christine tacon quote web

Ten days on from my Tesco investigation report, it’s a good time to reflect on how my findings and recommendations have been received. 

Overall, the response has been positive, with suppliers and commentators saying I have shone a light on some murky areas. But there has been some comment that it is a ‘Pyrrhic victory’; why bother to go ahead without the power to fine and when Dave Lewis had already apologised? 

Firstly, it is my job to investigate where I believe there has been a serious breach of the Groceries Supply Code of Practice. I launched my investigation in February, having requested information from Tesco. I was already eight months into it when the company publicly apologised to suppliers. 

My investigation went deeper than the Tesco report to me. It was a very thorough analysis of an 18-month period and revealed a wealth of detail as well as the extent of Tesco practices. It also covered the supplier side of the story that Tesco could not include in its internal enquiries. 

Yes, I would have liked to have had the power to fine when I began my investigation. But I have required Tesco to contribute over £1m towards the investigation costs. Ultimately, I’d prefer to be judged on behaviour change in the sector rather than any fines I impose, and I welcome the changes Tesco is making.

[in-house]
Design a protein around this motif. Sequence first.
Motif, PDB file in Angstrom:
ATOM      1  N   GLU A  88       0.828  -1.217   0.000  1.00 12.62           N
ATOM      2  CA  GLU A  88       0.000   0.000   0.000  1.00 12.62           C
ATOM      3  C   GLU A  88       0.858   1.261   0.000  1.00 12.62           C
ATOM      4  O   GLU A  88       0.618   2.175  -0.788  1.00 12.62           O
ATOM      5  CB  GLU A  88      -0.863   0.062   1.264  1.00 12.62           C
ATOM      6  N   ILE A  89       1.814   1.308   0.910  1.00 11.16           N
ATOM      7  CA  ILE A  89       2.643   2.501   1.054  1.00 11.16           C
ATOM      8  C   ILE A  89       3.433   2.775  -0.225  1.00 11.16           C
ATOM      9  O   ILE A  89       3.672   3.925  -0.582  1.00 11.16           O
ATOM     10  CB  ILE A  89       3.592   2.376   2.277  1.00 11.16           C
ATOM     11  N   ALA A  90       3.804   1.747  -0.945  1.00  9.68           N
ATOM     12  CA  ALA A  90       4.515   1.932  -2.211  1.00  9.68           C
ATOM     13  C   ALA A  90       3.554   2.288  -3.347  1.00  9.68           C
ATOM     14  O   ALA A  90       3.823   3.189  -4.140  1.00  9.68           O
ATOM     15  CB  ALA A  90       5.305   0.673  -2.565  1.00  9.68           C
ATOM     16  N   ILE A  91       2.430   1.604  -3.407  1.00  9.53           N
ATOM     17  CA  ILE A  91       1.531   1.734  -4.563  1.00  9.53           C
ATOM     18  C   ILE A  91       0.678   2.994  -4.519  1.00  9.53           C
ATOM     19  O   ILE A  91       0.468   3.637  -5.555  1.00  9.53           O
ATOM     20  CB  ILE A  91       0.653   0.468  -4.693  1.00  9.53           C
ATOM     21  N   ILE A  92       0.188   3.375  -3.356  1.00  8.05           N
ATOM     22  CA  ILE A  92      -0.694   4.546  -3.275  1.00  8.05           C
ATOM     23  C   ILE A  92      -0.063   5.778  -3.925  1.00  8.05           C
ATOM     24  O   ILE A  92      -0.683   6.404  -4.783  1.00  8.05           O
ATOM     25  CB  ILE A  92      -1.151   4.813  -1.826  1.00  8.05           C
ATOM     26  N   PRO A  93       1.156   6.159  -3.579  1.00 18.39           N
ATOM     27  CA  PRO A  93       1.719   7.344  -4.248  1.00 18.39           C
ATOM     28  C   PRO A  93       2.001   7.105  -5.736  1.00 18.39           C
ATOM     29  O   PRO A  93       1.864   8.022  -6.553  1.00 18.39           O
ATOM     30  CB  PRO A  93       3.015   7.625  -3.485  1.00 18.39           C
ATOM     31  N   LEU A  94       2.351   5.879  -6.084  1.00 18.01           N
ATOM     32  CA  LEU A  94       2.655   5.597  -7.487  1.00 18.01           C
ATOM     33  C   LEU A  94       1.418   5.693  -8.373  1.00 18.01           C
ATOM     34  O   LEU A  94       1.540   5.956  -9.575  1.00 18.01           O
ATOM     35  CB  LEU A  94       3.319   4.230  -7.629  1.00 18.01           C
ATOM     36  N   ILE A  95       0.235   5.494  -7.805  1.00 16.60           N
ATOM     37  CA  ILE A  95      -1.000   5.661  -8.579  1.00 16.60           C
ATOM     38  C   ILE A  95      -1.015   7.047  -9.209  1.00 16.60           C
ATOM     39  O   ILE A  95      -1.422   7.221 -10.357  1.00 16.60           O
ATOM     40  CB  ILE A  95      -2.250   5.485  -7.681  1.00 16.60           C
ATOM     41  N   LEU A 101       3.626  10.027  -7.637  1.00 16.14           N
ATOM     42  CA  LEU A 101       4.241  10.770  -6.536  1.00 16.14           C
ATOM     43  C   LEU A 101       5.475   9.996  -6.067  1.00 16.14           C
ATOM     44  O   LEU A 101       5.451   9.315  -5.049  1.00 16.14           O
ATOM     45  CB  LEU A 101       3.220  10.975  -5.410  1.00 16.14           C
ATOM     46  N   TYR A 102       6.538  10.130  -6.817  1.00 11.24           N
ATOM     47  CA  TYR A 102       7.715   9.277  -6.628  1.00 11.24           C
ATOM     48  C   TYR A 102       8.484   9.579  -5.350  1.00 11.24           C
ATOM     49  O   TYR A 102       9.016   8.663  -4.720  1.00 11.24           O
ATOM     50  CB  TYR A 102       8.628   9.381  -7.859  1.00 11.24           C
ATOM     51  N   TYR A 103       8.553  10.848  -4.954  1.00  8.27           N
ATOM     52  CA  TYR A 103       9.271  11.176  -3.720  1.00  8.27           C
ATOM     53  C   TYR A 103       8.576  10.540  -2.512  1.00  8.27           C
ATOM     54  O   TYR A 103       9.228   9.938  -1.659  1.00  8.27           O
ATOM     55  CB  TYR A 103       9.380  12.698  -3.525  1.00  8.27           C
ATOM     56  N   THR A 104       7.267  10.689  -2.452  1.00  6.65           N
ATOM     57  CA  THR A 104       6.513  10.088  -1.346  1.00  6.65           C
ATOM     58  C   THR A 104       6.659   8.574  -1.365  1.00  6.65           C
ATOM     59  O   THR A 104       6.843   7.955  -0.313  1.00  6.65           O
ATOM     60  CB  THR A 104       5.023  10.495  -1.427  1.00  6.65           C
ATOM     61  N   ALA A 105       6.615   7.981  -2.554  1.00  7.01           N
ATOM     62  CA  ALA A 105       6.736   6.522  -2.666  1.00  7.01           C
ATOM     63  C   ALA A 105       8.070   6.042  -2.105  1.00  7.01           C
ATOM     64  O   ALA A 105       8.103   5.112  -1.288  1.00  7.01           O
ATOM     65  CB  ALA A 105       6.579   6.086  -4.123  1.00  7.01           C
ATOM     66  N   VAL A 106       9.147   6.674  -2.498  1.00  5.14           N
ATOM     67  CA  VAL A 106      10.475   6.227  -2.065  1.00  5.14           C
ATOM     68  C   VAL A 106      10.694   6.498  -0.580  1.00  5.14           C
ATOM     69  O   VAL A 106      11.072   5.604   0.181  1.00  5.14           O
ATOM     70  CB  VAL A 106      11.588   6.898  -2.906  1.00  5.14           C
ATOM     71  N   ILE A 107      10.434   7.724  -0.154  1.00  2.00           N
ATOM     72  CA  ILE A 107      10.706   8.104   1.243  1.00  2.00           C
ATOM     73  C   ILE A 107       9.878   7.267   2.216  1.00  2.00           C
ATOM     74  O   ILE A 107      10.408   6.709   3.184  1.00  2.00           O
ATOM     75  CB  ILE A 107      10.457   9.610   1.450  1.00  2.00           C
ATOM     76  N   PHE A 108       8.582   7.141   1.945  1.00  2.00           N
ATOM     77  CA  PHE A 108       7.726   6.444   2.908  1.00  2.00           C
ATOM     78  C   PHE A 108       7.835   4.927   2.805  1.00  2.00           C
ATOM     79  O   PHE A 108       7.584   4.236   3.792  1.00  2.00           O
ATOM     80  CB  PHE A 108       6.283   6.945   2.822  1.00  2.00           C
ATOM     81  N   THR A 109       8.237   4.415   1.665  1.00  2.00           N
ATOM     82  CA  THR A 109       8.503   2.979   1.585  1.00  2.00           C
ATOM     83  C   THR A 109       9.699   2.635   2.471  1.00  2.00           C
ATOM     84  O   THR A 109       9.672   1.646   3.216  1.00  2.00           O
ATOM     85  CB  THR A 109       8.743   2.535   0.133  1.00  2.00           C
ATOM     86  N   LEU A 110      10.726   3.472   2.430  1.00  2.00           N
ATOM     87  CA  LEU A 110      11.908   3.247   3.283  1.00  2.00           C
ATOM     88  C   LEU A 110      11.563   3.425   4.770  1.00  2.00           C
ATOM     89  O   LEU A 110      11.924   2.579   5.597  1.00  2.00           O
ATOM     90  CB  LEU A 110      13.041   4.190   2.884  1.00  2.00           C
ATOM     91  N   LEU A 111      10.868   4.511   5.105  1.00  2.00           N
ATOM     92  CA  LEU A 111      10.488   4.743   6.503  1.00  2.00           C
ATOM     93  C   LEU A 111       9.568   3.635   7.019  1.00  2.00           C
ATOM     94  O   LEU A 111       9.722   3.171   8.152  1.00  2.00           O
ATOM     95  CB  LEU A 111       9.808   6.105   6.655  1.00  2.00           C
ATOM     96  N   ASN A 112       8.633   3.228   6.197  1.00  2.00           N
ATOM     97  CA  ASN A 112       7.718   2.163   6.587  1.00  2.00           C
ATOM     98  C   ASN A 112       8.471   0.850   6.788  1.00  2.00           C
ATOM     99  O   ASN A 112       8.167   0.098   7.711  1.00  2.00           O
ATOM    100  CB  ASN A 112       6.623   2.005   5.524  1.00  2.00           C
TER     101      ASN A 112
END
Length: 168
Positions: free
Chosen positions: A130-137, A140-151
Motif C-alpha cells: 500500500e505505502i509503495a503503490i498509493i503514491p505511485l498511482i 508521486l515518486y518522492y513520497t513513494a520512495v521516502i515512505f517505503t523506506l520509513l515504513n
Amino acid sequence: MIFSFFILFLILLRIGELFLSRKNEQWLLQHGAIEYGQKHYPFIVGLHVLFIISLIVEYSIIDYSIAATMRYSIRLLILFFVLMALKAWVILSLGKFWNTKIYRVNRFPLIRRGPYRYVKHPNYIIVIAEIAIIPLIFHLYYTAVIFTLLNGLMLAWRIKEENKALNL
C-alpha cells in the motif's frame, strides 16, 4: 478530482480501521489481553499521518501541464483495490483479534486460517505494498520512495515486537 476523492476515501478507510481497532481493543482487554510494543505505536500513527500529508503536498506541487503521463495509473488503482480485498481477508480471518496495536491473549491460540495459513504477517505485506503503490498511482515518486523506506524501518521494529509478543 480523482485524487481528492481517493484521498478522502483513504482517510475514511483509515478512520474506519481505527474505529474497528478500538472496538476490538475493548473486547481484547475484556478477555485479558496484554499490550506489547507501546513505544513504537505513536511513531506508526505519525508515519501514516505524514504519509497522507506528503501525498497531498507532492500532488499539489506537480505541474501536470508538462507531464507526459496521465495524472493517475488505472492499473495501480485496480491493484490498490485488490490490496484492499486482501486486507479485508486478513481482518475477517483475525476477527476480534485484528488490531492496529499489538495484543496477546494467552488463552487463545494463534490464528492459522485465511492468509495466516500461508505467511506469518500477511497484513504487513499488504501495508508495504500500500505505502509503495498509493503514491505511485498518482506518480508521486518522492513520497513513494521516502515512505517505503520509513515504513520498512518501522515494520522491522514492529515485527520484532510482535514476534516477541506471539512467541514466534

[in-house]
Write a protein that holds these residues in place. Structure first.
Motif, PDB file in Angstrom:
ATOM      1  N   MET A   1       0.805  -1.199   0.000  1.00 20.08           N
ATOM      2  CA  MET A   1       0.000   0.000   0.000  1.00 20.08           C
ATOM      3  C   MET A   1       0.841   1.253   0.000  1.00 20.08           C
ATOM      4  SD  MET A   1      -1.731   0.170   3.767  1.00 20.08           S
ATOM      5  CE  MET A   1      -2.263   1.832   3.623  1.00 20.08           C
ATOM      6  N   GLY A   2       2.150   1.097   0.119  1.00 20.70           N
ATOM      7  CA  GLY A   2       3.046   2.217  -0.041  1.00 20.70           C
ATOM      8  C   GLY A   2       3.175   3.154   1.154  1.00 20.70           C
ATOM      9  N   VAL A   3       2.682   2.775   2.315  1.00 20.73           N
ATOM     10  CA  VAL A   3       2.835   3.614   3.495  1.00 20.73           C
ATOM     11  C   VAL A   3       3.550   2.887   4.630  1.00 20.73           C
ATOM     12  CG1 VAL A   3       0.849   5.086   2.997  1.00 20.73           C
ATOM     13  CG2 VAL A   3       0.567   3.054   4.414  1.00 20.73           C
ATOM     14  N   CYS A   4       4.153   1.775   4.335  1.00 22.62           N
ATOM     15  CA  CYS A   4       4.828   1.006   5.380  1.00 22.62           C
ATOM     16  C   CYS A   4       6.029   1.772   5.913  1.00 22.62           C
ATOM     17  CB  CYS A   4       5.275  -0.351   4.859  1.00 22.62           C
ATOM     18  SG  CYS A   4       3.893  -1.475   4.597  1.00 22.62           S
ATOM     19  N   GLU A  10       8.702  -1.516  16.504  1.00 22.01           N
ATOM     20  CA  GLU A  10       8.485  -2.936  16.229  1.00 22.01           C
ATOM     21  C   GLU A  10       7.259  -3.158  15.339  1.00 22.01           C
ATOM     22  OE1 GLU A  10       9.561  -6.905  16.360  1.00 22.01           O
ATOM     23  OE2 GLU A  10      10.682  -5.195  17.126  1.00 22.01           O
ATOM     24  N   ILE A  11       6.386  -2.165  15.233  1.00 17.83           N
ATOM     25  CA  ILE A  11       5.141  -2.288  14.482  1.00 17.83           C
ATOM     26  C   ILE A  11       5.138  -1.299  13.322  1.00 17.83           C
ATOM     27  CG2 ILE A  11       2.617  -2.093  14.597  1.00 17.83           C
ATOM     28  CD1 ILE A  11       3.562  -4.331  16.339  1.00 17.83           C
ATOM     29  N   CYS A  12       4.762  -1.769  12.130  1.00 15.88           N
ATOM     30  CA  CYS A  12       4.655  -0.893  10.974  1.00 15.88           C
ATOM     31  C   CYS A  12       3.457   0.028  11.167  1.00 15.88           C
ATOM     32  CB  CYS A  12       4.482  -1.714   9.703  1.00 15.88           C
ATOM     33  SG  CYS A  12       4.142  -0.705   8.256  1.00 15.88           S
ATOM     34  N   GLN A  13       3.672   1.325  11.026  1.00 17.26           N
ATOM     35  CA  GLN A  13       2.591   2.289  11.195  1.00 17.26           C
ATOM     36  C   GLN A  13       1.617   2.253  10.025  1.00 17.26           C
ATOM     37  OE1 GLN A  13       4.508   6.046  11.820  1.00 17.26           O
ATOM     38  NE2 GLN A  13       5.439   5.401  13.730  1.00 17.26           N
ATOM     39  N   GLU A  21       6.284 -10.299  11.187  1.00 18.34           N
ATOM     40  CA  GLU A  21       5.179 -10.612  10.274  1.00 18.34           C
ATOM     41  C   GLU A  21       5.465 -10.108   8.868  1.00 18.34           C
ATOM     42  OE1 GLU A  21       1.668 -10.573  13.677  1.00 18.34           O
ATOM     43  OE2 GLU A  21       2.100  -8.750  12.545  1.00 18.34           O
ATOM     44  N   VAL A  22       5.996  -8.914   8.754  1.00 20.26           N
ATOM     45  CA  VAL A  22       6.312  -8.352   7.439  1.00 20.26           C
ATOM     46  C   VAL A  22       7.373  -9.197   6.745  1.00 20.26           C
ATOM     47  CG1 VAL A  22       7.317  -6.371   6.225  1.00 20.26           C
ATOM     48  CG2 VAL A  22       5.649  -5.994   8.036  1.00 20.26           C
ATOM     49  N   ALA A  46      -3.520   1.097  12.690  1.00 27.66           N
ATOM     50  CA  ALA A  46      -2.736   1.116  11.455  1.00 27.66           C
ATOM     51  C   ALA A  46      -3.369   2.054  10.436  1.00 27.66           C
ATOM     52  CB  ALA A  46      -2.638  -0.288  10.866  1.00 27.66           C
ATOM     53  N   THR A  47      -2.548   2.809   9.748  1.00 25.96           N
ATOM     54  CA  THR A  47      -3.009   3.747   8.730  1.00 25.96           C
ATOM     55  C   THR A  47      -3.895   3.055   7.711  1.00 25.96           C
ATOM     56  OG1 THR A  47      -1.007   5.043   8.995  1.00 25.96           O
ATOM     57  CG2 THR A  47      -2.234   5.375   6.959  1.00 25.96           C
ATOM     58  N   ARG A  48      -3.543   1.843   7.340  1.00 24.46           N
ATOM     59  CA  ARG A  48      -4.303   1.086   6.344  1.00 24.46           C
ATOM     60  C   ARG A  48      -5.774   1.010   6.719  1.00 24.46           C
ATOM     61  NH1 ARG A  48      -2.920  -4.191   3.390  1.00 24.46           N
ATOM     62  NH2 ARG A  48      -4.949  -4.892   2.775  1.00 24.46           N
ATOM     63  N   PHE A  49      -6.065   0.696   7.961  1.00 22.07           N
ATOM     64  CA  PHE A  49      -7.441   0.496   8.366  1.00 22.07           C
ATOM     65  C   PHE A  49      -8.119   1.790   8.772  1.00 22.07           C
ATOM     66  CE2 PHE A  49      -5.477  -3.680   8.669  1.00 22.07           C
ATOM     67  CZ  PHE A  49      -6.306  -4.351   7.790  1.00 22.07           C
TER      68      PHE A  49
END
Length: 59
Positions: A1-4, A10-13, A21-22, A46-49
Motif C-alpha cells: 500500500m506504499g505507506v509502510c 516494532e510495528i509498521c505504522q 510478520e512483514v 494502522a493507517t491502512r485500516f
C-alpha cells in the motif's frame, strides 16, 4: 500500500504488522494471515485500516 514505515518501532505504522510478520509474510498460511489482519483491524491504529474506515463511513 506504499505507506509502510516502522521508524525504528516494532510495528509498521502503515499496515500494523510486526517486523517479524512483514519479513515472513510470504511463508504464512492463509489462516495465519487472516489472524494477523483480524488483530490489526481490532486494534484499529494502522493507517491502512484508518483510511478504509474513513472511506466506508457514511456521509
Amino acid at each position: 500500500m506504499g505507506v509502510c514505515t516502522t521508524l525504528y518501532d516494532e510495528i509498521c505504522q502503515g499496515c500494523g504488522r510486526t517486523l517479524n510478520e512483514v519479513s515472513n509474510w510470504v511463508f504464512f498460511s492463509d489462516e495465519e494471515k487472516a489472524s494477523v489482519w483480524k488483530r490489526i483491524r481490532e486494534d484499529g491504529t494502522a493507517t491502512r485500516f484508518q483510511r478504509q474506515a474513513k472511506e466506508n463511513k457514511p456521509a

My recommendations will require changes to Tesco processes. For example, the seven-day deadline for resolving pricing errors is specific and challenging. I will be formally monitoring progress and requiring evidence that the deadlines are being met.

The findings are relevant to all the retailers and I have already made that clear to the Code Compliance Officers. Now there can be no doubt about my interpretation of delay in payments and what I regard as reasonable time for resolving payment issues. I have put all CCOs on notice that they must be really well-informed about what is going on at buyer level.

Adam Leyland reports growing supplier grumbles about the aggressive pursuit of back margin payments by other retailers. I want to hear about them. If I hear that other retailers are adopting unreasonable practices I can carry out another investigation, just as I can investigate Tesco again if my recommendations are not being followed. And I now have the power to fine.

Finally, I uncovered a range of practices relating to better positioning or an increase in shelf space that require further scrutiny. In general, I do not have an issue with range reviews, category captaincy and category management, but the evidence gave me concerns about the surprising frequency of reviews and the substantial sums involved.

I am concerned these practices have evolved in the 15 years since the Competition Commission’s review and may be having a significant impact on consumer choice.

My consultation will be launched after Easter and will help me understand how widespread these practices are and their effect on competition and choice. This is the chance for the sector - retailers and suppliers - to let me know their views.

Christine Tacon is the Groceries Code Adjudicator